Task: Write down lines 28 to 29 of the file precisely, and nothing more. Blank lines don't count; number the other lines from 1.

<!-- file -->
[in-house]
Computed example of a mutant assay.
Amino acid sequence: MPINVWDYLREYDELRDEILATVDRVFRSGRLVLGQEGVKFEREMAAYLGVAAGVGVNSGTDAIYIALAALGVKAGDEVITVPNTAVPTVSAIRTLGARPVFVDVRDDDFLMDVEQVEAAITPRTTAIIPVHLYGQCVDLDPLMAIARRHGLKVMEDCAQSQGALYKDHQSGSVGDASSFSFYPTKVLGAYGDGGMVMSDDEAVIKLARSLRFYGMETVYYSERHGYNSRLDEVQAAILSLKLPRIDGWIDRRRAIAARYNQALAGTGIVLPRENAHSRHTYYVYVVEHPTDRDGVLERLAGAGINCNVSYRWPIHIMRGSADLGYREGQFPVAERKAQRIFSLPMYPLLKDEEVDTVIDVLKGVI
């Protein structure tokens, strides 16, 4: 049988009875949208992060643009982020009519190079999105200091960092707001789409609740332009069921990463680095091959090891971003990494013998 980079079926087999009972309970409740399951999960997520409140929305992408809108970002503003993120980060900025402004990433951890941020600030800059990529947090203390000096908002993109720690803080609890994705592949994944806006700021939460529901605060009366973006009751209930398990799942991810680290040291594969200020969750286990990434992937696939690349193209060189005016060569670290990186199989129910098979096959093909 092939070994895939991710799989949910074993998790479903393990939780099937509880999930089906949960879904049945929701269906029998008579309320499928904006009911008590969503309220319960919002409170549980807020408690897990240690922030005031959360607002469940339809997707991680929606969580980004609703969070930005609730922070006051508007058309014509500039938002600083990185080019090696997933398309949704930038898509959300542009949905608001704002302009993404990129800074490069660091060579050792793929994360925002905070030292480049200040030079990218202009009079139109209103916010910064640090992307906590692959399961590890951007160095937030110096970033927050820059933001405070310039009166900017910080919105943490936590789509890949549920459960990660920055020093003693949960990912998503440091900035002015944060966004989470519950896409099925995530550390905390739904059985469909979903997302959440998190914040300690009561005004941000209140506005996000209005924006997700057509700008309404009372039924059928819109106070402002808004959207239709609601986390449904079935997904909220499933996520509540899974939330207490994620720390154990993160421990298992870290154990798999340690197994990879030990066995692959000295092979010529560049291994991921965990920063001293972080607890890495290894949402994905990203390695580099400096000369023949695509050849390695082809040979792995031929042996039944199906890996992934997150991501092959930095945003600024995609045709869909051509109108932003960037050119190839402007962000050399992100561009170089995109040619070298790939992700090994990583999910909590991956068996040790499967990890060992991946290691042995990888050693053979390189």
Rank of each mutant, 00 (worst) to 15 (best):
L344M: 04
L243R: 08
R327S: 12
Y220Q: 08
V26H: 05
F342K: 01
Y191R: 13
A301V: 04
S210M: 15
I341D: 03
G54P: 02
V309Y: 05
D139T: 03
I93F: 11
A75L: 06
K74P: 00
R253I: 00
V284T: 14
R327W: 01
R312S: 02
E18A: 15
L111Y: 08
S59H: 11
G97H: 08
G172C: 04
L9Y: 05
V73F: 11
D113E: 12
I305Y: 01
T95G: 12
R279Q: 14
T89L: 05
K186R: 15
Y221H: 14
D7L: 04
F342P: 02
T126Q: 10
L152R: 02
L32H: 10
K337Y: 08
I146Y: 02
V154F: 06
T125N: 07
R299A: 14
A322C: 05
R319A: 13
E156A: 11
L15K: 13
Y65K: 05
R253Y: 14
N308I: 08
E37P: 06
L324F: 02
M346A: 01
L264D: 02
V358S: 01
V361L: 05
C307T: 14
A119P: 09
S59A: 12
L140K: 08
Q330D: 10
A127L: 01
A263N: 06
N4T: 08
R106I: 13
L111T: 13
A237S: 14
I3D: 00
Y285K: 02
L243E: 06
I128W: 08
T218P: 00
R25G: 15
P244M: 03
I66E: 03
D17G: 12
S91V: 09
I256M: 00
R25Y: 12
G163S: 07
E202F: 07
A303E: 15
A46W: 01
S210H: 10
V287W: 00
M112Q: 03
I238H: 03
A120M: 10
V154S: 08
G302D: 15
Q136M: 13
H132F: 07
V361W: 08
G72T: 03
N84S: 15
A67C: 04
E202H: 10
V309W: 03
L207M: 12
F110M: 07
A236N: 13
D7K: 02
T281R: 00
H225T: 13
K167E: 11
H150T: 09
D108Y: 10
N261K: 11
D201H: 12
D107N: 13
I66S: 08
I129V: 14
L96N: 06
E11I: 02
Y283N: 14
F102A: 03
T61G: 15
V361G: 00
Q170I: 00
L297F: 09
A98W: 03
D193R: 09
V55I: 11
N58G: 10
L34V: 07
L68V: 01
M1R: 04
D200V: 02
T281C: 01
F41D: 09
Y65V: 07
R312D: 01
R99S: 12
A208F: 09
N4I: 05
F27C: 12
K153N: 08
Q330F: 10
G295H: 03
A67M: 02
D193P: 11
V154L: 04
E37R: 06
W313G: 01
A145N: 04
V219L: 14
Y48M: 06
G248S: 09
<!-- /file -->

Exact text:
S59H: 11
G97H: 08